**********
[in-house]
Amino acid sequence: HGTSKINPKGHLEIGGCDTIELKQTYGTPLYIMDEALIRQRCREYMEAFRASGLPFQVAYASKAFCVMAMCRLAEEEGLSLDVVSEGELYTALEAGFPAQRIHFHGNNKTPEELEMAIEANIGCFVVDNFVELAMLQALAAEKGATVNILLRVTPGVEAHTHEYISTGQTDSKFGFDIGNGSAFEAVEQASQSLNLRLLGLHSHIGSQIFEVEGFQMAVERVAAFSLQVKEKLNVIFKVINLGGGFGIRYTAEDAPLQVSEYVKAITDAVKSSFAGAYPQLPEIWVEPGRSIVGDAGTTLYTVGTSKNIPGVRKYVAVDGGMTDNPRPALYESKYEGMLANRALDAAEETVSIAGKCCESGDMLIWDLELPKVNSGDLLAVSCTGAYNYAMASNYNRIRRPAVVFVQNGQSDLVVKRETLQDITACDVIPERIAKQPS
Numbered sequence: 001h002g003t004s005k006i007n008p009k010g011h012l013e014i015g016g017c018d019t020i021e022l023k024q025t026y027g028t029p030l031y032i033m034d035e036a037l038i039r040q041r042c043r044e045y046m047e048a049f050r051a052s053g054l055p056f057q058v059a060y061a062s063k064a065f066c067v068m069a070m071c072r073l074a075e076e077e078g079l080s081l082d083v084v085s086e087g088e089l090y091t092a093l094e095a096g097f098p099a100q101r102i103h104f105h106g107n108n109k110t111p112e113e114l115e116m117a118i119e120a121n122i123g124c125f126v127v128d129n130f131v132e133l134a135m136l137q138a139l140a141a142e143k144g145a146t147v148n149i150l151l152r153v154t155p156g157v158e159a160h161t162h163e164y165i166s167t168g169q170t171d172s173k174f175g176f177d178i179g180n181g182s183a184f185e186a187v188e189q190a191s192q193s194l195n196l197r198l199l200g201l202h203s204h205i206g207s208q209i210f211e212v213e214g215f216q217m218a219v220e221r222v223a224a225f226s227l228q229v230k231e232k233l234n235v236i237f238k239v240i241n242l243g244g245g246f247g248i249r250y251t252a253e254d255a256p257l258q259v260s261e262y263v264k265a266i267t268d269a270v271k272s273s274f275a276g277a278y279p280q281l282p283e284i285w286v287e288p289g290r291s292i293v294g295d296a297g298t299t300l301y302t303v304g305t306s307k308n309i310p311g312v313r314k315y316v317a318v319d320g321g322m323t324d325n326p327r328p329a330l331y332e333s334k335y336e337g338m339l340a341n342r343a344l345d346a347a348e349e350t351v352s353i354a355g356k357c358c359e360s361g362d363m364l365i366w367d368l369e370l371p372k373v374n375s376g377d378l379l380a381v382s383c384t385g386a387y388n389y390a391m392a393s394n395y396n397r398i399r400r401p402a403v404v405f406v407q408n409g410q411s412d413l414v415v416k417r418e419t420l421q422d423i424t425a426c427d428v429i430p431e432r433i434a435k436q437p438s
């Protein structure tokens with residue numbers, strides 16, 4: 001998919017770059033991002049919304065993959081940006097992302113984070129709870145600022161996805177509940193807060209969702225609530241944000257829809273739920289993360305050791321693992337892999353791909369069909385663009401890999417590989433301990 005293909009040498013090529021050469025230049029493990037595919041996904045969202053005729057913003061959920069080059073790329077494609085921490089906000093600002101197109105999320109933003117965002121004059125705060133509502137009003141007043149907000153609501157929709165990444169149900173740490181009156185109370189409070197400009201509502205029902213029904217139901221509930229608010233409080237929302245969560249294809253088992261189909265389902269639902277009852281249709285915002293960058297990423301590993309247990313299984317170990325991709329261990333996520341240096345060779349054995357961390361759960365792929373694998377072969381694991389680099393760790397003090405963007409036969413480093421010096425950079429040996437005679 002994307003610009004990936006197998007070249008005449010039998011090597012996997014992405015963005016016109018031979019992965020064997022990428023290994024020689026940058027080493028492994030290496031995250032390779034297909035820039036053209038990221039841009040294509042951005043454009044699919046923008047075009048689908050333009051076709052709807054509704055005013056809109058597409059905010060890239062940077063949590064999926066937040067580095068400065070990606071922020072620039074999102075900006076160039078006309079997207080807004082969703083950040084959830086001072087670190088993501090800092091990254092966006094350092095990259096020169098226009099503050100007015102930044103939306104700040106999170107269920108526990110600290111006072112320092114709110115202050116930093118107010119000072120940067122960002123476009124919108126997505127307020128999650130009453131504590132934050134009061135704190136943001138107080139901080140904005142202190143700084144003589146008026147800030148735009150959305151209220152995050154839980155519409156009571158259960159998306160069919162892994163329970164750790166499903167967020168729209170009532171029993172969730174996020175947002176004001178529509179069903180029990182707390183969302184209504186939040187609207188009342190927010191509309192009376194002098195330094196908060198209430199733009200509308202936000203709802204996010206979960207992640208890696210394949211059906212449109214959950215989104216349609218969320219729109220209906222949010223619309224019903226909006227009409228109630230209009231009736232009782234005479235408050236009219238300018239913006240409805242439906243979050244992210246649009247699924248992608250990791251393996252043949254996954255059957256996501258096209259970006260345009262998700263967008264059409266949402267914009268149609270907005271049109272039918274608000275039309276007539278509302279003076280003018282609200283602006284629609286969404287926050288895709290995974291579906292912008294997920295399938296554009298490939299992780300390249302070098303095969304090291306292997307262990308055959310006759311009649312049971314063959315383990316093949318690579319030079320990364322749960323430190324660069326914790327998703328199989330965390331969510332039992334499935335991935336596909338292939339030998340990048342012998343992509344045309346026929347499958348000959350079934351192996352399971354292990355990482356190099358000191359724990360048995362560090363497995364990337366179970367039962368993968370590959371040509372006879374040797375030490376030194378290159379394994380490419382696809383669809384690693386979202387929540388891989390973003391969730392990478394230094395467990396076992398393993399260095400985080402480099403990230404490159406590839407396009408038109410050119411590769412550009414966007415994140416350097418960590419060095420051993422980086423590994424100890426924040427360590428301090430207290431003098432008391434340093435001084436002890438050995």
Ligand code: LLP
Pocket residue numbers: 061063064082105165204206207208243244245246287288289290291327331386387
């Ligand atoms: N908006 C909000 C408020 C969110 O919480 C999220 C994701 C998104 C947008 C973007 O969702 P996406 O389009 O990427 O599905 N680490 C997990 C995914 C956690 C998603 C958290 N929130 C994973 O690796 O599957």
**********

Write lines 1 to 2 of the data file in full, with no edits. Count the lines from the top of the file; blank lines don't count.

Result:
[in-house]
Amino acid sequence: HGTSKINPKGHLEIGGCDTIELKQTYGTPLYIMDEALIRQRCREYMEAFRASGLPFQVAYASKAFCVMAMCRLAEEEGLSLDVVSEGELYTALEAGFPAQRIHFHGNNKTPEELEMAIEANIGCFVVDNFVELAMLQALAAEKGATVNILLRVTPGVEAHTHEYISTGQTDSKFGFDIGNGSAFEAVEQASQSLNLRLLGLHSHIGSQIFEVEGFQMAVERVAAFSLQVKEKLNVIFKVINLGGGFGIRYTAEDAPLQVSEYVKAITDAVKSSFAGAYPQLPEIWVEPGRSIVGDAGTTLYTVGTSKNIPGVRKYVAVDGGMTDNPRPALYESKYEGMLANRALDAAEETVSIAGKCCESGDMLIWDLELPKVNSGDLLAVSCTGAYNYAMASNYNRIRRPAVVFVQNGQSDLVVKRETLQDITACDVIPERIAKQPS